Friday, May 10, 2013

Notes from a Snail

This morning, having returned home after my tri-weekly group exercise regimen, as I was standing in the kitchen and stirring the high protein liquid breakfast du jour and staring off into the silence, all the unfinished conversations from the morning started coming back to me. I could remember how most of them started, but not how they ended…

How did I respond when Mary Anne asked me if I had received a certain group invitation that went out? Was I gracious and excited? I know she really extends herself on these get-togethers…We were interrupted by John, who just wanted to say bye on his way out…Was I present enough? He must be going through a lot with his upcoming move of wife and children to a whole new State. And how about Ben? How did I respond to his joke? And Lisa? Did I say bye? I know she’s still feeling like the new kid since she switched back to our 6a.m. group….

All these thoughts start piling up and sometimes can make me feel anxious. Interactions seem to occur so rapidly that I often feel the sting of not having had the chance to give them the care and love that I would have wanted to. Most of the time, I can let this go, but sometimes I start working backwards and injecting words of affection into where I feel there were gaps left in the moment and I end up sending a couple text messages.  A ‘You rocked it today! See ya Friday!’ here or a ‘Oh - was gonna say, if you need moving boxes, I have some. Lemme know :)’ there.

I stop stirring my protein blob as I wonder if anyone else of the around 20 people who were there this morning are doing what I am doing right now? I mean, nobody does this, right?! Everyone has let go and moved on, right?! And if they do have a quiet moment to think, it is probably filled with expectations of the future rather than investigations of the past, right?

Welcome to life as a snail. Yes, I made peace with it long ago. If this great human ecosystem were a forest, then yours truly would be a snail. In a forest, snails make sense. They have their role and they do their thing in a great orchestra of symbiosis. The seasons aren’t going to pass quicker because the snail moved faster. It’s only in this human ecosystem where productivity is King that being a snail is sort of a problem. If you wanna get ahead in life, you gotta be a hawk. Hawks like change, hawks like movement, exploring new heights, pushing boundaries, hawks gets promoted, hawks show leadership, hawks eat snails…for breakfast…

You call us all sorts of things - introverts, sensitives, Kaphas, or just plain weird. You complain about how we drag our feet when it comes to change. You see, it’s because we move slowly that we hear the things that are said about us behind our backs and, to be honest, they are mostly true. Like a snail, I experience the world generally in one of two ways, as it passes by outside without me at a rate that doesn’t interest me or so intensely up close and personal that its jagged ridges are churning up against my entire being. My slime shield is my sense of humor and joyful nature. Yes, I have a slime shield. I feel everything. Often, I have to pull back from the world whenever I can for as long as I can because I get tired of feeling everything. Sometimes I can only access my own feelings after a period of solitude. It replenishes me. I don’t own a TV and I don’t seek out the news much. If there is news I must know about, one of my friends will call me. If I ever apply to a job with you and my CV indicates that I like to multitask – I lied. I don’t (note to self – edit CV). What I do like is to see animal shapes in the clouds, to interact with only one or at the most two people at a time and I like sweet things that take forever to dissolve in my mouth, like Werther’s. At a very different rate and magnitude, I like all the things a hawk likes. I like growth and change and seeing things.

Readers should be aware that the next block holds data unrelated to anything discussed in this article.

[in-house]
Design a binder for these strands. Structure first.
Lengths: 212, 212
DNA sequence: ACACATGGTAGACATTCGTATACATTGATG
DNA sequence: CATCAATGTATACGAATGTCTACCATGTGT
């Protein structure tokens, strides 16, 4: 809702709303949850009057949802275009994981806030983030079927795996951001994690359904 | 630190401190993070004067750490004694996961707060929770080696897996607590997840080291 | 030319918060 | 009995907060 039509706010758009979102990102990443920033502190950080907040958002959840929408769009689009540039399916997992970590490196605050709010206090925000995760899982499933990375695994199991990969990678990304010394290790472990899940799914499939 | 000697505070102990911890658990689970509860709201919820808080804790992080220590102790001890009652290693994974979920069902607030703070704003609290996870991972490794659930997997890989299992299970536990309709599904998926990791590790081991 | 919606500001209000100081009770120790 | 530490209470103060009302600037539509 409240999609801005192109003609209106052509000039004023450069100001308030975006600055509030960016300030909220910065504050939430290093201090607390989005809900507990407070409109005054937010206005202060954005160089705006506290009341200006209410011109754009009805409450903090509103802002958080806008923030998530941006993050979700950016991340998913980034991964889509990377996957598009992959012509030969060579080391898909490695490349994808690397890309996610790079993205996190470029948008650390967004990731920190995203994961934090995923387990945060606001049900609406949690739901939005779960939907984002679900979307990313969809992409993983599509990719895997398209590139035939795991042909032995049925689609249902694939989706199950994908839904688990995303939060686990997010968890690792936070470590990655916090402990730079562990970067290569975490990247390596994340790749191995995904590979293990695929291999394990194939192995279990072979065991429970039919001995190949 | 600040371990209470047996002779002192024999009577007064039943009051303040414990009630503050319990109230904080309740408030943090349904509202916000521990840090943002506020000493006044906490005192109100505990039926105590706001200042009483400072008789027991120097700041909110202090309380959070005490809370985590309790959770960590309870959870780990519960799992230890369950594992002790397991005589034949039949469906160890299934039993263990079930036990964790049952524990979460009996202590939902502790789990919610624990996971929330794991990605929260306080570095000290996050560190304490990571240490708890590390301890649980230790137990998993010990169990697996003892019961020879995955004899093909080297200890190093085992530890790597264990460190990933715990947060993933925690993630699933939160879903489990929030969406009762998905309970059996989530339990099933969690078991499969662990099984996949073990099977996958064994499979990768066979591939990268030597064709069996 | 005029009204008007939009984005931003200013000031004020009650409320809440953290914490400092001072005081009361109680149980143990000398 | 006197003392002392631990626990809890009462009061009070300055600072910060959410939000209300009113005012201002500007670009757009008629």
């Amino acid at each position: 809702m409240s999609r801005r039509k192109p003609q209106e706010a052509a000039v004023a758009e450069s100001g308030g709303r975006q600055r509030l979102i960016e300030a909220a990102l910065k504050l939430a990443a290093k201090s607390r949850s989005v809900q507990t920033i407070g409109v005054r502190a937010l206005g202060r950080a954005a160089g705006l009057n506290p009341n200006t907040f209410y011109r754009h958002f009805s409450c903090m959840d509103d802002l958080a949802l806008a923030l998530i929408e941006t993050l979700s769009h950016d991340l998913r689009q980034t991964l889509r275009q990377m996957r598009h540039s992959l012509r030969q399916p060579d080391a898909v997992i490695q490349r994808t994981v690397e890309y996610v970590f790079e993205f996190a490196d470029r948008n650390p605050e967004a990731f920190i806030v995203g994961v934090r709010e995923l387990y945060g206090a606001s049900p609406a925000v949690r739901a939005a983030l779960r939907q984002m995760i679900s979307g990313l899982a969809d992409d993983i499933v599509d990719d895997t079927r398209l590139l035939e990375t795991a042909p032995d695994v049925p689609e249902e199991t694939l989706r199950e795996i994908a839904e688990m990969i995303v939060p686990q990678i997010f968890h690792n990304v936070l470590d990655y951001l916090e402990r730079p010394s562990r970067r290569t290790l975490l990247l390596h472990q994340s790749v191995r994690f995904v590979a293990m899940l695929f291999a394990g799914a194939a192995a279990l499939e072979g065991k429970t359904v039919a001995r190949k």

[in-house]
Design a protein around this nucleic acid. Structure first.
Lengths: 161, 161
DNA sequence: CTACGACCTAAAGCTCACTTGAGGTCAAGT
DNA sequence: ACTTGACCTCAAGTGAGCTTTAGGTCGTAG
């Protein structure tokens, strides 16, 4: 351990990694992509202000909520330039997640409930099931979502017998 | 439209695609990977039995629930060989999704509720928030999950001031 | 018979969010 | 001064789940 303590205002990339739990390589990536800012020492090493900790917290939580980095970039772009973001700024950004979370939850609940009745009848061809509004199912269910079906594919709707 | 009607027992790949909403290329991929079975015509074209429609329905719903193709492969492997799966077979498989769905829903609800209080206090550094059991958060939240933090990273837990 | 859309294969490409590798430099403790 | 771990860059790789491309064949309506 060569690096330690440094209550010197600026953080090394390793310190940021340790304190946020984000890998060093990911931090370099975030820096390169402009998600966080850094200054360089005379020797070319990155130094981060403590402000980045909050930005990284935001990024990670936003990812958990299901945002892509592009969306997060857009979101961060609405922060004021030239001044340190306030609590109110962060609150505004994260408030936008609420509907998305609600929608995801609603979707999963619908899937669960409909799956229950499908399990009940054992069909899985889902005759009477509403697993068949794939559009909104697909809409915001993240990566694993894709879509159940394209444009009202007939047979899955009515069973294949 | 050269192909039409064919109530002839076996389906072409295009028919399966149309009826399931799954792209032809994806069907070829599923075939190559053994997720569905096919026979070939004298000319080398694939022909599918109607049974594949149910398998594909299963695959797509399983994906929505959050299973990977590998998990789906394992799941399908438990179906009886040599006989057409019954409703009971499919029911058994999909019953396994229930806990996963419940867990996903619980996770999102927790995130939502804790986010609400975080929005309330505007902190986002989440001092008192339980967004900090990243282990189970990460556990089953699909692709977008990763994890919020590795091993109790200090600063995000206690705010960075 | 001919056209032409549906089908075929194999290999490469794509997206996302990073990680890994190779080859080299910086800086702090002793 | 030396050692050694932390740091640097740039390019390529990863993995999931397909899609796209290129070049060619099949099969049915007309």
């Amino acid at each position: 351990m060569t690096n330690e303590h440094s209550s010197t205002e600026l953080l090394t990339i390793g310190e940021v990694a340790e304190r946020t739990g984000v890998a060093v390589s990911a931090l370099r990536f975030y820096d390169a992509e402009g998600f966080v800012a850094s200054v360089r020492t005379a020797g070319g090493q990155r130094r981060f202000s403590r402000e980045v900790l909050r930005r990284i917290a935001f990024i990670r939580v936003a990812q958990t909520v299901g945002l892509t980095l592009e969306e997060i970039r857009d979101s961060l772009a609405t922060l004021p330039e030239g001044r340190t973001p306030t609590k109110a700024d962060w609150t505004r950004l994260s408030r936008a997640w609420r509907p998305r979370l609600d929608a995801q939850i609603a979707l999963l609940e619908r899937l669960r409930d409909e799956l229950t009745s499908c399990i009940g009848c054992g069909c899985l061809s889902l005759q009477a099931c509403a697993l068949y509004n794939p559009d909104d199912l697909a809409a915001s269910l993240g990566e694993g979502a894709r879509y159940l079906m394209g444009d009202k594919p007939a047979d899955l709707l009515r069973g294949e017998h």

You know what else snails do? Snails ask themselves what animals others would be in this great human ecosystem so they can love them better… I have a friend who is a hummingbird. She thrives when she gets to move at a million miles a minute. She lives in Manhattan and I have made sure she never visits me in my sleepy desert town. She would lose it. I too once lived in Manhattan – I started developing kidney issues and hair loss from the stress. In this magical human forest, there are all sorts of animals - there are squirrels, and moles, and owls, and lions, emus, and wolves, giraffes and bumble bees. Some days I start out a hyena and then go back to being a snail and under the right conditions one can bring the lioness in most any woman, like if you threaten her cub… Point is, we are all so beautiful in who we are, no? Yes.

You, dear reader, may well be a powerful bird, like an eagle, but you are probably not a hawk. While you blend well with hawks, a full-fledged hawk likely wouldn’t be reading this; they would have rolled their eyes at my slow verbal meanderings by now, lost their patience and gotten on with stuff ages ago. And the thing is, I love them for it! Because why would I expect a hawk to do what a snail does? I don’t expect myself to do what a hawk does. It would only bring suffering. I am certainly willing to be a very fast and productive snail, I will even wear a hawk suit some days and sit in on the meetings where we all pretend to be hawks, but I will never again expect of myself to be a hawk.

So, this is a time where the world values hawks - efficient, far traveling, git-er-done hawks. That’s okay. It’s not the hawks’ or world’s fault that this is the time to be a hawk. The hawk deserves its time in human history. But sometimes hawks need to come home somewhere and sit down at a table where a snail has made homemade scones from scratch and hot chocolate and will run their fingers though their tired feathers and just listen… Listen to the hawk talk about how everything is clearly for the birds.